On the Record with Kiio CEO Dave Grandin
Dave Grandin, CEO of Fitchburg-based health tech startup Kiio, believes his company’s platform could help doctors cut opioid prescribing when it comes to back pain.
The low back pain program uses a mobile application to virtually coach patients, walking them through various exercises to reduce their pain. Grandin believes the platform puts the spotlight on patients, allowing them to advocate for themselves.
WEA Trust recently invested $1 million in the program.
Wisconsin Health News spoke to Grandin about this partnership and Kiio’s future. Edited excerpts are below.
WHN: What does Kiio offer that other companies don’t?
DG: We offer a health engagement platform that really allows people to engage in their situation in the home and take advantage of helping themselves. We believe that one of the most valuable pieces of the entire healthcare landscape are the patients themselves. They’re probably the most underutilized when it comes to, “How do we get better?” Well, you get better by taking care of yourself and becoming your own advocate. And so we have a specific program having to do with low back pain, which is a very large problem in the United States. It’s all scientifically backed. It’s now being clinically proven. We offer an engagement program that allows people to work on their low back pain any place, any time over their mobile device.
WHN: How do you think the technology could reduce opioid prescriptions?
DG: As you look at opioids, the number one reason for the prescription of opioids is actually low back pain. And so the patient goes in to see their doctor, saying, “My back hurts.” A general practitioner usually doesn’t have anything to help them immediately, and so often what will happen is the doctor will prescribe pain medication, and then the patient will go home and take that pain medication while they’re waiting to see a specialist for further specialty treatments. With our program, as soon as you present with low back pain, you can immediately start helping yourself by going through an appropriate screening program, making sure that you are medically appropriate for using the exercises and then getting onto an appropriate track of exercises you can do daily to help yourself. What we’ve seen is the patients that enroll and use the exercise program, eight to nine out of 10 see a reduction in pain and improvement.
WHN: Could this technology be scaleable to other conditions? Is that a goal?
DG: We are focused on that for now, but the technology absolutely can be used for other things. It could be used for maternity, it could be used to help with other chronic conditions like diabetes. Anything where there is information that can be delivered to a patient in a timely fashion specific to that patient’s issue. It really is about getting the right information to the right patient at the right time in a very secure and personalized fashion.
WHN: What do you see in the company’s future?
DG: I believe we will continue to sell to payers and providers, and we’ll offer a broader range of solutions. What we’ll continue to do is emphasize in 2018 the low back pain solutions. In 2018, we will also begin to expand our focus a little bit. It’s a great opportunity for us because we get an alignment of interests. We can help the patient at no cost to them, which is great. We can reduce the cost to the payer by helping eliminate unnecessary charges. So if there are things that are happening like spine surgeries, epidurals, MRIs—things that don’t need to happen necessarily, that can be avoided—our technology can help avoid that. And then, of course, that also makes the population healthier, which long term reduces their costs as well. And at the same time, they’re paying for our technology, so it really is a win-win.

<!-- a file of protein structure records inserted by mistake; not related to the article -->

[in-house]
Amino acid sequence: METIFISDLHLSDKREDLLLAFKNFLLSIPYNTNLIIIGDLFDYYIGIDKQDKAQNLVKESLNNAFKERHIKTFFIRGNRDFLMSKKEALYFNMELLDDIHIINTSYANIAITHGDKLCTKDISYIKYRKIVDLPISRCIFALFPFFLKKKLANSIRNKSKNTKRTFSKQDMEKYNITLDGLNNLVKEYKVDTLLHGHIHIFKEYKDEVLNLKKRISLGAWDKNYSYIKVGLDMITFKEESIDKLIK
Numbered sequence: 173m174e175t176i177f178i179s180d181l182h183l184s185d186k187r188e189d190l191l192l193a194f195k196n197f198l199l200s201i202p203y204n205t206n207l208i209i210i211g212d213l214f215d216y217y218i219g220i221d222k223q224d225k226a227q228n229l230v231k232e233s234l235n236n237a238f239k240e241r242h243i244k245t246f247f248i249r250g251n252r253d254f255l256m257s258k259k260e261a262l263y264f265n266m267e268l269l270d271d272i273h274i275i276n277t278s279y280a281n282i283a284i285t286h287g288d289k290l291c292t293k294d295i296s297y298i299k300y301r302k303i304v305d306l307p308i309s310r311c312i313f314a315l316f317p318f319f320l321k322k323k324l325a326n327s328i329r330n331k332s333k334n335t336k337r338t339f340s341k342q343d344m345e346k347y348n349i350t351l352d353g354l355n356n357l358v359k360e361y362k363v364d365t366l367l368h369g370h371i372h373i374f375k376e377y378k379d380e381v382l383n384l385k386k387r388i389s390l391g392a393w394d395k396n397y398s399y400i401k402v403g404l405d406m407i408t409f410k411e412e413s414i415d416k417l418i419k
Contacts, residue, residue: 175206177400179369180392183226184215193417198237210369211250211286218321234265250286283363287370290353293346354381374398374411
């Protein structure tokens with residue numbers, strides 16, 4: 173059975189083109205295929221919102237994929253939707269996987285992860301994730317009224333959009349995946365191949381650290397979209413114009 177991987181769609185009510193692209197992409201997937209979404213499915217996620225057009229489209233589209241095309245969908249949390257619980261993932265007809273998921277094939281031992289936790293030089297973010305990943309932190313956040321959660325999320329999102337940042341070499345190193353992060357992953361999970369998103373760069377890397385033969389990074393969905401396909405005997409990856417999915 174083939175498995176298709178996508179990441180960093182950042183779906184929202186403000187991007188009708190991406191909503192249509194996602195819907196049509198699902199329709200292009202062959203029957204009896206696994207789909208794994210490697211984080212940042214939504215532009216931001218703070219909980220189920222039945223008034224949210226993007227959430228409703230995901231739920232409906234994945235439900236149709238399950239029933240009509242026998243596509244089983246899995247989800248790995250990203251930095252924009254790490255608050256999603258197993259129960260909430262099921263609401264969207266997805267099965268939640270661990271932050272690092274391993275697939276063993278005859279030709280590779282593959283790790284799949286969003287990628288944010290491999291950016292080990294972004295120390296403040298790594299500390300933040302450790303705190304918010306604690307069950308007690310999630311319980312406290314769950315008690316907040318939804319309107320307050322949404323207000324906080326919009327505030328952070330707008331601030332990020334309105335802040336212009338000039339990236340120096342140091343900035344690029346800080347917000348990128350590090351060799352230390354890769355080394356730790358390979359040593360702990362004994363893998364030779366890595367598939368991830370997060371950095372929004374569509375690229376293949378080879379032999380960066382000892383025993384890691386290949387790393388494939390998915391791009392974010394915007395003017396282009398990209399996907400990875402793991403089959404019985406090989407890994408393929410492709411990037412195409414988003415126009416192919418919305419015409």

WHN: What does WEA Trust’s recent investment in Kiio mean for the company? Are you pursuing similar contracts with other insurers?
DG: We have a multi-year contract with WEA Trust to actually use the low back pain program. But in addition to that, they’ve invested $1 million in the company because they see that this technology can be used for other applications where they can engage their membership and help them be healthier, better informed, make good decisions and avoid unnecessary costs. We are pursuing contracts with other insurers for low back pain. We aren’t currently pursuing other insurers as investors, but we might. We’re certainly open to that concept but there’s nothing imminent.
WHN: Madison has come to be known as a hotspot for health tech. Did this aspect play a role in the decision to base the startup in the Madison area?
DG: Madison has a nice leg up in regards to having a health IT tech cluster. There are plenty of young people, and certainly Epic helps attract people, but Epic isn’t the only company that does that. I would say the biggest challenge for Madison to become a true hotspot for health tech cluster is financing. There are more ideas and people wanting to be entrepreneurs. We have these good ideas, and there’s not enough funding to make it all happen.
– Ellie Borstad
This article first appeared in the Wisconsin Health News daily email newsletter. Sign up for your free trial here.